So, what was the average American credit card debt in 2020? The answer is not as straightforward as you might think. But, stick with us on this one.
The International Monetary Fund (IMF) called the “Great Lockdown” in March 2020 the “worst economic downturn since the Great Depression.” The organization noted how economic activity collapsed at a “magnitude and speed” that was unprecedented in our lifetimes and shared how this triggered “substantial uncertainty” about people’s ability to earn a living.
Although the lockdowns have eased and tightened in fits and starts around the country, the pandemic has gone on for more than a year since the IMF published this ominous news. Under this all-too-real scenario, it’s easy to imagine consumers putting groceries and other essentials on their credit cards as they hunker down and worry about the future.
Therefore, you might expect to hear that the average American credit card debt in 2020, was higher than it was in 2019. In June 2019, 40% of people were already struggling to pay an expense, and half of them could, at best, pay for two month’s worth of bills if they lost their main income source. Couple that with people who became unemployed during COVID-19, and it’s natural to assume that many of them, being short of cash, used credit cards in 2020 to buy necessities.
But, that’s not exactly what happened. According to the Consumer Financial Protection Bureau’s Making Ends Meet survey, credit card debt fell quite significantly, starting in the early months of the pandemic. This is true even when looking at the consumers whom you might have expected to be among the first to use credit to pay for their expenses.
More specifically, the survey reported these findings about the average credit card debt, 2020, from the end of February through the end of June:
- For consumers who weren’t previously having financial challenges, their credit card debt fell by $825 (13.6%).
- For consumers who reported difficulty before the pandemic, their credit card debt dropped by $711 (17%).
Credit reporting bureau Experian found that, overall, balances dropped in 2020 for the first time in eight years. The bureau called this a “surprising turn of events given the broader economic environment brought on by COVID-19.”
Credit card debt reached a record high in 2019 at $829 billion, but US credit card debt in 2020, dropped by 9%, down to $756 billion. This is actually the lowest composite amount in the US since 2017.
Experian also noted two other encouraging signs.Credit utilization percentages — meaning the amount of credit a consumer is using compared to how much is available in a credit line—also dropped in 2020, along with delinquencies.
Credit Card Debt 2020: State Differences
The good news is that credit card balances dropped in all states (plus Washington DC), with an average shrinkage of 14%. But, the drop didn’t occur equally across all of them.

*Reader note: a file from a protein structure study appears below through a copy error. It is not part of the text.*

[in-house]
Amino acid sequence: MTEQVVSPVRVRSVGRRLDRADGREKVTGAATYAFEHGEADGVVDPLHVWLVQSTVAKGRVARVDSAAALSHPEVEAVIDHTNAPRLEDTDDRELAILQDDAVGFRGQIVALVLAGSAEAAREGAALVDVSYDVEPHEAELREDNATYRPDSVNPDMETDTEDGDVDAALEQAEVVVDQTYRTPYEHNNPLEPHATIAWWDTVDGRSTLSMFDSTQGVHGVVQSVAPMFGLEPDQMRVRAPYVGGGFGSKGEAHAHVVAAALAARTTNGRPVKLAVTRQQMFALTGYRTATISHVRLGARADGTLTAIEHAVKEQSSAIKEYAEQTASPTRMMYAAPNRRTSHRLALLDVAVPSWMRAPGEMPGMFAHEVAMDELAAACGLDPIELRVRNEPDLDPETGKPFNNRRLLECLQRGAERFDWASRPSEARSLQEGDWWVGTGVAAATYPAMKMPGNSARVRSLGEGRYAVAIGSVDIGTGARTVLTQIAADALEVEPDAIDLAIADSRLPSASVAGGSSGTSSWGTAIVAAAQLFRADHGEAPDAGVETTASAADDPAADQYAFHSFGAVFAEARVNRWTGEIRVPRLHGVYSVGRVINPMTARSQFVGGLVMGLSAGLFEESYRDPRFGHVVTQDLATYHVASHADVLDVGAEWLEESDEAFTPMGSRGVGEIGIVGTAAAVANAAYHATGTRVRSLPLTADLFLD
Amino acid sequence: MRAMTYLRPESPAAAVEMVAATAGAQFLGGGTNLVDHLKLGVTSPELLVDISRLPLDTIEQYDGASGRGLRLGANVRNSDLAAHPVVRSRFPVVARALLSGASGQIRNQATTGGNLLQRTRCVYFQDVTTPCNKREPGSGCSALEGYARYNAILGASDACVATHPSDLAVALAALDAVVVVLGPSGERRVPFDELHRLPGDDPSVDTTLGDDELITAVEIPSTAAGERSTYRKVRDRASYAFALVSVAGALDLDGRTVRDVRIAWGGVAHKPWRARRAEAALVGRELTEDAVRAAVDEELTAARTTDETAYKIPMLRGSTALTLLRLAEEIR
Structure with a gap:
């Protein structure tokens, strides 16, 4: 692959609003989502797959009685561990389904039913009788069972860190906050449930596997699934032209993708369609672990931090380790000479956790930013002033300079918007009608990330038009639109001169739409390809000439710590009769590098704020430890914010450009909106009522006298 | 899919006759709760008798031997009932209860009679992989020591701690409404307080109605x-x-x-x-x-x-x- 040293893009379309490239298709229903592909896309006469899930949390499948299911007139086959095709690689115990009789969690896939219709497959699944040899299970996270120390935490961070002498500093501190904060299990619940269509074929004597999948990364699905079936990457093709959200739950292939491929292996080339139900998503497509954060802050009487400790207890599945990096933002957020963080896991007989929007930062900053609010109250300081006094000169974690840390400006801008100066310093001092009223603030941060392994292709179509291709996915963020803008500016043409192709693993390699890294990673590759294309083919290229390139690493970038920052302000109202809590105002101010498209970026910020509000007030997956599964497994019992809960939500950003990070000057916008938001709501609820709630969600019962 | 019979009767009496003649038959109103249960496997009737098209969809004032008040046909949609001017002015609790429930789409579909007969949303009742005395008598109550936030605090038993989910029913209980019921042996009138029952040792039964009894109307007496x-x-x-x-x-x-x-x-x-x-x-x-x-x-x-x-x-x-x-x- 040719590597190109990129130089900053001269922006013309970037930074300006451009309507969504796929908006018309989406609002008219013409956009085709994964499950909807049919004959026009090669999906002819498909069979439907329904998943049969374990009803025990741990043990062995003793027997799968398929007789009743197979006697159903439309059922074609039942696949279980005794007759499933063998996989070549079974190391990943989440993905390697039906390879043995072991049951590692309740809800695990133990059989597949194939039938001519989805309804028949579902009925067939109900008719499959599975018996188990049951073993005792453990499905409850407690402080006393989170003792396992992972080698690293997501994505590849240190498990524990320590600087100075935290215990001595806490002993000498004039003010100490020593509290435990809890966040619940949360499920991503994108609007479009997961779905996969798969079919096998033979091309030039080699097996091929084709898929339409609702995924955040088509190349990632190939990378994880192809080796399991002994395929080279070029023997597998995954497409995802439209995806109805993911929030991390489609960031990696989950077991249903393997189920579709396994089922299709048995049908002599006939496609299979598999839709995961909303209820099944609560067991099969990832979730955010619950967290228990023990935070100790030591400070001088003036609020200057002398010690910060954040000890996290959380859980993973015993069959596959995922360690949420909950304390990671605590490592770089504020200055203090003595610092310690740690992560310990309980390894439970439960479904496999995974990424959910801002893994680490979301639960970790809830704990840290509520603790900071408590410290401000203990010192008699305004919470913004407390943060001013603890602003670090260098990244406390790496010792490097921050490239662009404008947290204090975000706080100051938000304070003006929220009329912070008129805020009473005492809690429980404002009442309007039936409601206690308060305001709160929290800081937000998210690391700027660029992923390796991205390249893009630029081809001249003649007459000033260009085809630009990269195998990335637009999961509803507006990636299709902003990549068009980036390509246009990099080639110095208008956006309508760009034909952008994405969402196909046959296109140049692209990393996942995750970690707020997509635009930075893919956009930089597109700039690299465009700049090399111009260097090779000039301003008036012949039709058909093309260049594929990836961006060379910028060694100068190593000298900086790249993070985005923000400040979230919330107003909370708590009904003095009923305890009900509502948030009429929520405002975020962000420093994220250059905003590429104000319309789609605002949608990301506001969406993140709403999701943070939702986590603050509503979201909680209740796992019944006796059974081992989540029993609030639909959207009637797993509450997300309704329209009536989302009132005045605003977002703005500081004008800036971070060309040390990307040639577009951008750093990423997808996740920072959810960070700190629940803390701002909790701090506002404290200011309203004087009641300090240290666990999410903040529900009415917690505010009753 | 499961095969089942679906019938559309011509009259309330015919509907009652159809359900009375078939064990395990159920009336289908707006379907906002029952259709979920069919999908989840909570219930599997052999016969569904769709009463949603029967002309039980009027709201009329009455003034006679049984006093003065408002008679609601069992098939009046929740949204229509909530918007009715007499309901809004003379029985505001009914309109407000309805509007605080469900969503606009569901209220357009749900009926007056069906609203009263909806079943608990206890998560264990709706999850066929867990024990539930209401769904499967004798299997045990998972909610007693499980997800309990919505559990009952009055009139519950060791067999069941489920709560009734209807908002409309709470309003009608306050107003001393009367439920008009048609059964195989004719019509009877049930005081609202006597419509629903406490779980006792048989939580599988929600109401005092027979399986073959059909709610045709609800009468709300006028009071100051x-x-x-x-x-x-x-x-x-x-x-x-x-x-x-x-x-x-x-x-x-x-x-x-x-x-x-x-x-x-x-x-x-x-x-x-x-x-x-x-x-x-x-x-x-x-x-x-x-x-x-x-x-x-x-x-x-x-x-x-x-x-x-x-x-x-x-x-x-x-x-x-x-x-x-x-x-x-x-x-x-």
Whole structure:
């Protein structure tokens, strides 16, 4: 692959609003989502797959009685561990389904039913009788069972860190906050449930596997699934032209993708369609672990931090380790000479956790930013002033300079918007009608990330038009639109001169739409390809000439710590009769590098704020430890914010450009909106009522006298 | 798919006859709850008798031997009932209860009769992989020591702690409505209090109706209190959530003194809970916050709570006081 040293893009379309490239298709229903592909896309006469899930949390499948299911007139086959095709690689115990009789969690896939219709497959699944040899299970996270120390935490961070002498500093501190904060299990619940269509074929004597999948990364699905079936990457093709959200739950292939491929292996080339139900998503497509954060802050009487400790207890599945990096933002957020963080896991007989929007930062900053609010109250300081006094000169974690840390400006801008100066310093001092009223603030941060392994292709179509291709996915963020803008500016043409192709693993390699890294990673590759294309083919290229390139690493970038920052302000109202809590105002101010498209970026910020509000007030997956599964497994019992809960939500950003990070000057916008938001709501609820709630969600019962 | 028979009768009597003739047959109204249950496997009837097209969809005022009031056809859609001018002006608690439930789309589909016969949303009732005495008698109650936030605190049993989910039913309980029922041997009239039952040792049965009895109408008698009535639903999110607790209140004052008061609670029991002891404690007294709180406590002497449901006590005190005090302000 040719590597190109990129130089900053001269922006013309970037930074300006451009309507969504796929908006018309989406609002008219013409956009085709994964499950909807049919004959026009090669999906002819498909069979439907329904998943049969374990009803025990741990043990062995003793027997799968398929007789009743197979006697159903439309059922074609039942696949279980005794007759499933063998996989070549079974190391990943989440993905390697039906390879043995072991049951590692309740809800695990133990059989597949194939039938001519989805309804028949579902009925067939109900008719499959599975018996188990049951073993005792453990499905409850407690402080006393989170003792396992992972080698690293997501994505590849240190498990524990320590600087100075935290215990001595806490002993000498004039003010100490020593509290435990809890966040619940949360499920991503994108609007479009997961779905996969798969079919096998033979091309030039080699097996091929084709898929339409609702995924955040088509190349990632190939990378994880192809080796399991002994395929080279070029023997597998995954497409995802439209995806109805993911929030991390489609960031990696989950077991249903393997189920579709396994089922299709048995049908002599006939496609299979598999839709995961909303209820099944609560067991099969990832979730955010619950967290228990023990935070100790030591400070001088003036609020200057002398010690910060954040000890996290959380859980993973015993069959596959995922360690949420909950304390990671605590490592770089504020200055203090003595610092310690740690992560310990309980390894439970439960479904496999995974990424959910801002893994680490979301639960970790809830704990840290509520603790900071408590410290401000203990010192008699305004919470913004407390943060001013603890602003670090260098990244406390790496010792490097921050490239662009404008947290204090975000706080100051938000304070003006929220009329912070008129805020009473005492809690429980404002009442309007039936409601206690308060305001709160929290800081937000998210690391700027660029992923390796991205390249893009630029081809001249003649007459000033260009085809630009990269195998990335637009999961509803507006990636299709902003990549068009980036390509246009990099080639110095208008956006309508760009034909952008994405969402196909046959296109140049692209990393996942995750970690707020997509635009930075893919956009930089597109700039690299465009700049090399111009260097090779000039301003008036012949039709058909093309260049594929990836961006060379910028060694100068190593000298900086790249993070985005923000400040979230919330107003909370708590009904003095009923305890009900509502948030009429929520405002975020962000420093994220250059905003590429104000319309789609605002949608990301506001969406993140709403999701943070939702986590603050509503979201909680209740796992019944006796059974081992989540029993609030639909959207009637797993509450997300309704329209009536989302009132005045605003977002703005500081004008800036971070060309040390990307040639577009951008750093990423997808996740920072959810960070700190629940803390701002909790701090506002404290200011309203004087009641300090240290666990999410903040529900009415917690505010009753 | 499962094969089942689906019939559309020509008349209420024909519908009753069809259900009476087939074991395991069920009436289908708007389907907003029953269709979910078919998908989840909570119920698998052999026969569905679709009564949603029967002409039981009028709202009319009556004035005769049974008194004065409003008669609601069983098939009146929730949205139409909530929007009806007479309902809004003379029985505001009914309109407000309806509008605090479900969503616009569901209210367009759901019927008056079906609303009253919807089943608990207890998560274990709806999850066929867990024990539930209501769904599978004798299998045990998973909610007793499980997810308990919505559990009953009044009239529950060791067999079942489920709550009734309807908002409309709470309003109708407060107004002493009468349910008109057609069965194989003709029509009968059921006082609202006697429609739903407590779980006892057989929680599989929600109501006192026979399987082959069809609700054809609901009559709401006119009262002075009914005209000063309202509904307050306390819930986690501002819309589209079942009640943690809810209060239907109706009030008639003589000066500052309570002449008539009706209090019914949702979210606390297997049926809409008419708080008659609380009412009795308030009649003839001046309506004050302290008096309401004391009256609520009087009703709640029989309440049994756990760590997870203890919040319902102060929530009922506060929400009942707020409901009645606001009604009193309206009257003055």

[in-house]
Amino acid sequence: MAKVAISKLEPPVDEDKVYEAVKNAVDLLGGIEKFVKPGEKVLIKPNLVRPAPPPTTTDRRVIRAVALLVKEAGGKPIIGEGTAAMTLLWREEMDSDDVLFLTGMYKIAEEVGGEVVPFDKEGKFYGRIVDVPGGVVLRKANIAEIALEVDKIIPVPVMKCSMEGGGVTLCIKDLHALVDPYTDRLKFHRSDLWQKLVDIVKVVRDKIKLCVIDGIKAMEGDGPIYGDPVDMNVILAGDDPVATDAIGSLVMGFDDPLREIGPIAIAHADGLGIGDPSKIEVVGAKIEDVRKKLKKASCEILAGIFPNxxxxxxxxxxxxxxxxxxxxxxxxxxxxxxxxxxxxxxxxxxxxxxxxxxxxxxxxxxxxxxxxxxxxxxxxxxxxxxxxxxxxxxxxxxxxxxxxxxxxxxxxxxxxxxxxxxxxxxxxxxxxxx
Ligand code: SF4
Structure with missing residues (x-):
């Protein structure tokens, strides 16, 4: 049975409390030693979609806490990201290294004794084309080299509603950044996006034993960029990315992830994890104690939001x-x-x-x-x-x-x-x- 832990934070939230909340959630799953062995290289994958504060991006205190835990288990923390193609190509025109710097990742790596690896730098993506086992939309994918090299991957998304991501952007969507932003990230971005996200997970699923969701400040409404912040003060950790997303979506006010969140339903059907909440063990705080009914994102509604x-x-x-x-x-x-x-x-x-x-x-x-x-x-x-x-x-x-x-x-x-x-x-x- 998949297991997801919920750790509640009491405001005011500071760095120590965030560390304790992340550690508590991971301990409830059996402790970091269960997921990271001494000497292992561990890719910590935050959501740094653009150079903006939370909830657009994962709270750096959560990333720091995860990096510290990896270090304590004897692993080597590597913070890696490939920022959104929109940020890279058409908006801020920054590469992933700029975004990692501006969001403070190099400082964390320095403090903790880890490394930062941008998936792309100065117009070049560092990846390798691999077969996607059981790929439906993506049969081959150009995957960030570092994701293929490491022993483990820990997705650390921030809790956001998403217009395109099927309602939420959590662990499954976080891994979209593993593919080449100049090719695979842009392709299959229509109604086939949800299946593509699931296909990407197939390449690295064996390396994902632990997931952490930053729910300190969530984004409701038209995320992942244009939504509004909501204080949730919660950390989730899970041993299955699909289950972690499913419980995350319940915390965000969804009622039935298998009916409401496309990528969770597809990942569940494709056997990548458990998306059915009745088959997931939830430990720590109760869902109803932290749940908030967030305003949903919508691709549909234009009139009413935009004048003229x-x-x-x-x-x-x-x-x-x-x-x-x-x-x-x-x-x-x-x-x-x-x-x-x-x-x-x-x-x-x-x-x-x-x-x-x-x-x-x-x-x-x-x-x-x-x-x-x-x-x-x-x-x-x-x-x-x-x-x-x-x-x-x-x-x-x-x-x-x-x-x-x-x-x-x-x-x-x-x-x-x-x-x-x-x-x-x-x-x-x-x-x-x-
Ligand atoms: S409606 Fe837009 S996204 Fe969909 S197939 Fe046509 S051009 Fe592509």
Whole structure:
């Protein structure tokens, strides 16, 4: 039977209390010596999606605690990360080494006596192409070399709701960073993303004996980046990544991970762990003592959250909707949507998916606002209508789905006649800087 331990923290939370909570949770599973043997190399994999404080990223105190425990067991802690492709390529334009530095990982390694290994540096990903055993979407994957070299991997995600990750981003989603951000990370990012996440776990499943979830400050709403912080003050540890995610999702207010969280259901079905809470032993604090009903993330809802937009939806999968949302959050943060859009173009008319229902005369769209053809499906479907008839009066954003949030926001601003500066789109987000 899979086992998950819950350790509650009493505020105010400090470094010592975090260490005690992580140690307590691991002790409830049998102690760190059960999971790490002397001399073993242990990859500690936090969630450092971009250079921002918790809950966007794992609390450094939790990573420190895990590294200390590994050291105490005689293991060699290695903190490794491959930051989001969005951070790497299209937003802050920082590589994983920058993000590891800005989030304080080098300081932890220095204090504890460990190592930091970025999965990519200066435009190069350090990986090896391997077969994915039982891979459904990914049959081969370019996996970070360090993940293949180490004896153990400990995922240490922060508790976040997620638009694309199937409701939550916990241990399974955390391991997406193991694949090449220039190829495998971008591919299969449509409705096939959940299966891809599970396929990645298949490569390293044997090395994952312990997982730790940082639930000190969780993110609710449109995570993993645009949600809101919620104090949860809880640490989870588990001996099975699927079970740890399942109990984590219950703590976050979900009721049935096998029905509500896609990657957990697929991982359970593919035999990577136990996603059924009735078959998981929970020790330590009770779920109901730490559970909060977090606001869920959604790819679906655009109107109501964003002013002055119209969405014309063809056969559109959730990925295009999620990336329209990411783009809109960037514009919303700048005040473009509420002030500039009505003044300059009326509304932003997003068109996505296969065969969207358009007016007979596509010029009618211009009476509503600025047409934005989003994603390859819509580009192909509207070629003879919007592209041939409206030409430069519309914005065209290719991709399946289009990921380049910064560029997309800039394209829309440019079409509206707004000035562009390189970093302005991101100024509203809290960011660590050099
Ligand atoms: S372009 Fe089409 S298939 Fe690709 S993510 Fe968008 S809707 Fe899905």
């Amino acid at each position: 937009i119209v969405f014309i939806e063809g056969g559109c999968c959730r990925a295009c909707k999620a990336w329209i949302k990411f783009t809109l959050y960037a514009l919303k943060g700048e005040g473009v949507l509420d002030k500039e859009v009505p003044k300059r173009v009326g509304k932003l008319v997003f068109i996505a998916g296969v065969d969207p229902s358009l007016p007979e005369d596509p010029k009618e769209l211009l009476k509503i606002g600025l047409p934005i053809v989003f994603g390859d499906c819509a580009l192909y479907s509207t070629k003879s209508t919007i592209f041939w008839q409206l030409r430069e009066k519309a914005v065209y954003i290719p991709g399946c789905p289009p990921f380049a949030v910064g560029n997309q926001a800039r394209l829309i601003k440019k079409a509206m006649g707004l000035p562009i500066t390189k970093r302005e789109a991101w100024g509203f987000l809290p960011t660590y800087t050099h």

Here are places with the highest and lowest drops:
- Washington DC: Consumers here reduced their debt, on average, by 20%, down from an average of $7,077 to $5,671 (a reduction of $1,406) by the end of Q3 2020. This is 6% more than average.
- North Dakota: These consumers reduced debt by 8%, on average, from $5,265 to $4,865 (a reduction of $400) at the end of Q3 2020. This is 6% lower than average.
Credit Card Debt 2020: Generational Differences
Consumers across generations reduced their credit card balances, although not at the same rate.
Here are a couple of examples:
- Americans aged 75 and up (the silent generation) reduced their credit card debt by 16%, the highest of all generations.
- Gen Z (ages 18-23) dropped theirs by 6%.
So, what’s going on here? Why are credit card balances going down during a year that truly was unprecedented in its challenges?
Reasons for Credit Card Debt Reductions
Analysis by CNBC suggested that people have been refinancing their loans during a time of low interest rates; some are likely consolidating their credit card bills this way. Federal student loan payments are paused, which may be giving people more money to put down on their credit card balances—or at least not add to their usage. Plus, some consumers may be using federal stimulus checks and expanded unemployment checks to reduce balances.
This downward trend in debt is encouraging, but will this be a permanent change in consumer behavior? Although no one can predict with certainty, some experts anticipate a “surge of consumer spending once more people are vaccinated, and Covid-related restrictions are lifted, which could undo some of the recent progress made toward paying down debt.” Time will tell, but that’s a possibility as friends and family members start meeting at restaurants and spending more after a long drought of being apart.
Here’s one more thing to consider. Each of these sets of stats is describing the average American credit card debt, 2020. Not everyone has been able to pay down debt, and some may have needed to add to theirs because of economic challenges. For people who feel overwhelmed or a sense of shame because of their debt, it may be especially hard to reach out for a solution.
As Brittany M. Powell, the author of The Debt Project: 99 Portraits Across America, points out, “Since shame accrues to debt as inexorably as interest, many people don’t like to talk about the topic.” Fortunately, solutions do exist.
Credit Card Debt Solutions
Ready to tackle the debt topic? Solutions can include:
- reducing your credit card interest—and here are tips on how to achieve that goal.
- refinancing your credit card debt—and here’s how.
- consolidating the debt on your own.
- paying off the debt using one of the following methods.
If you’ve got mounting credit card debt, Tally may be able to help. Learn more today.